Reporter finds no pitchforks, but plenty of good arguments at gay marriage debat

Joshua Sebold
Staff Writer

    As I entered Feather River College’s gay marriage debate on the evening of Wednesday, Dec. 9, I began to wonder—not for the first time—if I should have requested a bulletproof vest when I signed up for this job.
    I was reminded of a friend’s Facebook profile, which has featured the same ever-pressing question for as long as I can remember, “When the ($@&!) is it going to be torches and pitchforks time?”
    As I walked into the Town Hall Theatre I wondered if that fateful moment had arrived for my small hometown.
    The event’s moderator, District Attorney Jeff Cunan, did little to alleviate my fears when he informed the crowd that the last FRC debate, which focused on the most recent presidential race, featured a group of anarchists hanging out in the lobby.
    He added that he had held out some hope that this year’s topic would be less divisive before quipping, “It’s just gay marriage, what could be less controversial than that?”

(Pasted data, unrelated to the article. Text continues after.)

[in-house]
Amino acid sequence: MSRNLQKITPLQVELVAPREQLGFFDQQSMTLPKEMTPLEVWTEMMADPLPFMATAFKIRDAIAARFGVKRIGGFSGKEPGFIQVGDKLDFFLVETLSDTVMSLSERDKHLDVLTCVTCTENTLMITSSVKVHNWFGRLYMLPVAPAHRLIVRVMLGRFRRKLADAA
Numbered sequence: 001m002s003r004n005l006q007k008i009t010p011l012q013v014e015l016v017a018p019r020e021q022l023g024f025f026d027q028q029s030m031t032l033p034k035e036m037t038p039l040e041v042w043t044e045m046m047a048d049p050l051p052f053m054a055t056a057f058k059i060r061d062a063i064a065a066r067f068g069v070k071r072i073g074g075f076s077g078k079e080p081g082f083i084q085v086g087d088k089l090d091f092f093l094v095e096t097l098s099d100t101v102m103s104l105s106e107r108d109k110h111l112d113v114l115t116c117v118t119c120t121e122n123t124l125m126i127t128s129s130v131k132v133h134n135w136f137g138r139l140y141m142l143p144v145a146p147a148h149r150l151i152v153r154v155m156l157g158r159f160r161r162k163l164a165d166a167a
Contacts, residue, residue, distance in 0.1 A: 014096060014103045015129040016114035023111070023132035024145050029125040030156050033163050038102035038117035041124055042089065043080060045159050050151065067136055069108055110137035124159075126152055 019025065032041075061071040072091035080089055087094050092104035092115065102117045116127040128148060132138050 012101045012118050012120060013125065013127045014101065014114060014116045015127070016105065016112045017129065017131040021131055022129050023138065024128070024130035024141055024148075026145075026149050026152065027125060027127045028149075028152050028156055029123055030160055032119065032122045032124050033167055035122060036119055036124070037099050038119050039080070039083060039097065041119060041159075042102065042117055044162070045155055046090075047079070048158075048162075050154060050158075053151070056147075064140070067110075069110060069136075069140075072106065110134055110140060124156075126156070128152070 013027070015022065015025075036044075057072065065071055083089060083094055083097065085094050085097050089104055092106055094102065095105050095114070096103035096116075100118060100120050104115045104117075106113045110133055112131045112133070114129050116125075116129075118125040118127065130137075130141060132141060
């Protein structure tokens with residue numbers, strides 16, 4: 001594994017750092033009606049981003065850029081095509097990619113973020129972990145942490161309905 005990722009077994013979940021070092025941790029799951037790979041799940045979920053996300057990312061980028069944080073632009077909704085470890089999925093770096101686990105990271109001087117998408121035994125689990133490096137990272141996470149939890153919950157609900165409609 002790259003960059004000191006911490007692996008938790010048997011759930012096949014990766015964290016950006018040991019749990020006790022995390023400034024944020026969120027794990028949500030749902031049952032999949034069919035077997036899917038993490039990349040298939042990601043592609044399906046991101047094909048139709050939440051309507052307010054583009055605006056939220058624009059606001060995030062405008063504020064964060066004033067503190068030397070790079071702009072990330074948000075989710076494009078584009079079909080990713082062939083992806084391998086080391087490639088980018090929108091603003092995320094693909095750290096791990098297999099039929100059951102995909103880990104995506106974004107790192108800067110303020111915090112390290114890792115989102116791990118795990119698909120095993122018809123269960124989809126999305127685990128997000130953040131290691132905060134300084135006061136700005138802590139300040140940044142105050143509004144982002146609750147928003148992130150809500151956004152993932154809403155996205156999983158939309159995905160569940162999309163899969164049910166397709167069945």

As you can tell, based upon the fact that you’re reading this article and not one about the Town Hall Theatre burning to the ground with one ill-prepared and foolishly unarmed reporter inside, the event was actually quite peaceful and respectful on all sides to the credit of the residents of our county.
    There were no townhall disruption crews yelling fear-based chants, no fistfights in the audience and no offensive derogatory remarks shouted.
    I think FRC deserves a lot of credit for the civility of the event, because the college took several intelligent measures to keep the event under control.
    The audience was made aware of the fact that FRC students were spread out throughout the crowd as security.
    FRC ran a tight ship, with a very structured event that included audience questions but kept the debate moving and avoided confrontation between audience members and debaters.